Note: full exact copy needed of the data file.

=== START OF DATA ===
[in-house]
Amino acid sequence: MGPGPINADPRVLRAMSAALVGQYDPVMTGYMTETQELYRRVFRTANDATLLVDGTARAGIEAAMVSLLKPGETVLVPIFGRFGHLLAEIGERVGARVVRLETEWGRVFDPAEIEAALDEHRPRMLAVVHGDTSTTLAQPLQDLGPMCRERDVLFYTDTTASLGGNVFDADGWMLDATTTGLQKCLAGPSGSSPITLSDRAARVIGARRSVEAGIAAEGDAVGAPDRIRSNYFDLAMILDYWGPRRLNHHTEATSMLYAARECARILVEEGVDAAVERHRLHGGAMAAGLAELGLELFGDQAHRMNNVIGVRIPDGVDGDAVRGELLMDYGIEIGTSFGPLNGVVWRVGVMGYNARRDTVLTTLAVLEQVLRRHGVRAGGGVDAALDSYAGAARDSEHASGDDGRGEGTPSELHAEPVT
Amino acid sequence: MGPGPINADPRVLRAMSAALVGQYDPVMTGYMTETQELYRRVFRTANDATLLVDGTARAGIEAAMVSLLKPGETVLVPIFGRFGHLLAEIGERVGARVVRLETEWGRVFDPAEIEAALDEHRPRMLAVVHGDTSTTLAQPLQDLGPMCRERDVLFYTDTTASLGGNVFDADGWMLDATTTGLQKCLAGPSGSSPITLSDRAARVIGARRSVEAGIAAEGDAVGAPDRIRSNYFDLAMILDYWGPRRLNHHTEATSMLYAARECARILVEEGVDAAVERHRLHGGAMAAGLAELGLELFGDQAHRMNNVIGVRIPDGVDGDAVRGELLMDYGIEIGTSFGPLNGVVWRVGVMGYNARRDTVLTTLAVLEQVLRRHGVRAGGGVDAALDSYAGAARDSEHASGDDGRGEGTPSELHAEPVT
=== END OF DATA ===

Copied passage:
[in-house]
Amino acid sequence: MGPGPINADPRVLRAMSAALVGQYDPVMTGYMTETQELYRRVFRTANDATLLVDGTARAGIEAAMVSLLKPGETVLVPIFGRFGHLLAEIGERVGARVVRLETEWGRVFDPAEIEAALDEHRPRMLAVVHGDTSTTLAQPLQDLGPMCRERDVLFYTDTTASLGGNVFDADGWMLDATTTGLQKCLAGPSGSSPITLSDRAARVIGARRSVEAGIAAEGDAVGAPDRIRSNYFDLAMILDYWGPRRLNHHTEATSMLYAARECARILVEEGVDAAVERHRLHGGAMAAGLAELGLELFGDQAHRMNNVIGVRIPDGVDGDAVRGELLMDYGIEIGTSFGPLNGVVWRVGVMGYNARRDTVLTTLAVLEQVLRRHGVRAGGGVDAALDSYAGAARDSEHASGDDGRGEGTPSELHAEPVT
Amino acid sequence: MGPGPINADPRVLRAMSAALVGQYDPVMTGYMTETQELYRRVFRTANDATLLVDGTARAGIEAAMVSLLKPGETVLVPIFGRFGHLLAEIGERVGARVVRLETEWGRVFDPAEIEAALDEHRPRMLAVVHGDTSTTLAQPLQDLGPMCRERDVLFYTDTTASLGGNVFDADGWMLDATTTGLQKCLAGPSGSSPITLSDRAARVIGARRSVEAGIAAEGDAVGAPDRIRSNYFDLAMILDYWGPRRLNHHTEATSMLYAARECARILVEEGVDAAVERHRLHGGAMAAGLAELGLELFGDQAHRMNNVIGVRIPDGVDGDAVRGELLMDYGIEIGTSFGPLNGVVWRVGVMGYNARRDTVLTTLAVLEQVLRRHGVRAGGGVDAALDSYAGAARDSEHASGDDGRGEGTPSELHAEPVT